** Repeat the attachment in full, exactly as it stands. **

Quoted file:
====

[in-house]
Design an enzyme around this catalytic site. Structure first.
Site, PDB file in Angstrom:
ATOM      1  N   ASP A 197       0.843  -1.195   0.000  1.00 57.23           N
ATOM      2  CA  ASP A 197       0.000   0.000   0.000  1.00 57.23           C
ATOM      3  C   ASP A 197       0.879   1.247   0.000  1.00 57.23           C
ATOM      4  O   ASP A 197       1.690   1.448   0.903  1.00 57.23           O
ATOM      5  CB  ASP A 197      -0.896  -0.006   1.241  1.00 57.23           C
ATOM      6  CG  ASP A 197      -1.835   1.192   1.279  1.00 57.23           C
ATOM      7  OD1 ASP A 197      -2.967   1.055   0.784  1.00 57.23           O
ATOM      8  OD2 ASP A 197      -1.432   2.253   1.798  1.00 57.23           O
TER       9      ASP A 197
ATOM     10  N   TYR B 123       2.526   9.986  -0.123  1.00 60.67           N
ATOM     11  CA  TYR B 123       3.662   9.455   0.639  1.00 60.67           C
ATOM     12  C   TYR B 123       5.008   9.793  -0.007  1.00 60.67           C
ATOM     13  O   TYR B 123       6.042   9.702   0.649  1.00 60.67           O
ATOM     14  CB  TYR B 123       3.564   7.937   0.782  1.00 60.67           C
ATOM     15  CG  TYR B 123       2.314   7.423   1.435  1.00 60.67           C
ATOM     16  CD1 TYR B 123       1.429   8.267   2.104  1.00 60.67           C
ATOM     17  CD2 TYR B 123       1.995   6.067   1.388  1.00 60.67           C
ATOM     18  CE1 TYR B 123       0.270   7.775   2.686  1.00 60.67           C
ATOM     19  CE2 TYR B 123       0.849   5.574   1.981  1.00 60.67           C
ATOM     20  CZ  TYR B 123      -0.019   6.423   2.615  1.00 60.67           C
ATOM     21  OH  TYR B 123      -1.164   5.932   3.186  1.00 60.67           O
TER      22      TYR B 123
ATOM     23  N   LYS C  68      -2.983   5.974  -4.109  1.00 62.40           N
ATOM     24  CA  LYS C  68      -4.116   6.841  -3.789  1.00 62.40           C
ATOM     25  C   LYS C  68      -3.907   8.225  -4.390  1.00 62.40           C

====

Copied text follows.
[in-house]
Design an enzyme around this catalytic site. Structure first.
Site, PDB file in Angstrom:
ATOM      1  N   ASP A 197       0.843  -1.195   0.000  1.00 57.23           N
ATOM      2  CA  ASP A 197       0.000   0.000   0.000  1.00 57.23           C
ATOM      3  C   ASP A 197       0.879   1.247   0.000  1.00 57.23           C
ATOM      4  O   ASP A 197       1.690   1.448   0.903  1.00 57.23           O
ATOM      5  CB  ASP A 197      -0.896  -0.006   1.241  1.00 57.23           C
ATOM      6  CG  ASP A 197      -1.835   1.192   1.279  1.00 57.23           C
ATOM      7  OD1 ASP A 197      -2.967   1.055   0.784  1.00 57.23           O
ATOM      8  OD2 ASP A 197      -1.432   2.253   1.798  1.00 57.23           O
TER       9      ASP A 197
ATOM     10  N   TYR B 123       2.526   9.986  -0.123  1.00 60.67           N
ATOM     11  CA  TYR B 123       3.662   9.455   0.639  1.00 60.67           C
ATOM     12  C   TYR B 123       5.008   9.793  -0.007  1.00 60.67           C
ATOM     13  O   TYR B 123       6.042   9.702   0.649  1.00 60.67           O
ATOM     14  CB  TYR B 123       3.564   7.937   0.782  1.00 60.67           C
ATOM     15  CG  TYR B 123       2.314   7.423   1.435  1.00 60.67           C
ATOM     16  CD1 TYR B 123       1.429   8.267   2.104  1.00 60.67           C
ATOM     17  CD2 TYR B 123       1.995   6.067   1.388  1.00 60.67           C
ATOM     18  CE1 TYR B 123       0.270   7.775   2.686  1.00 60.67           C
ATOM     19  CE2 TYR B 123       0.849   5.574   1.981  1.00 60.67           C
ATOM     20  CZ  TYR B 123      -0.019   6.423   2.615  1.00 60.67           C
ATOM     21  OH  TYR B 123      -1.164   5.932   3.186  1.00 60.67           O
TER      22      TYR B 123
ATOM     23  N   LYS C  68      -2.983   5.974  -4.109  1.00 62.40           N
ATOM     24  CA  LYS C  68      -4.116   6.841  -3.789  1.00 62.40           C
ATOM     25  C   LYS C  68      -3.907   8.225  -4.390  1.00 62.40           C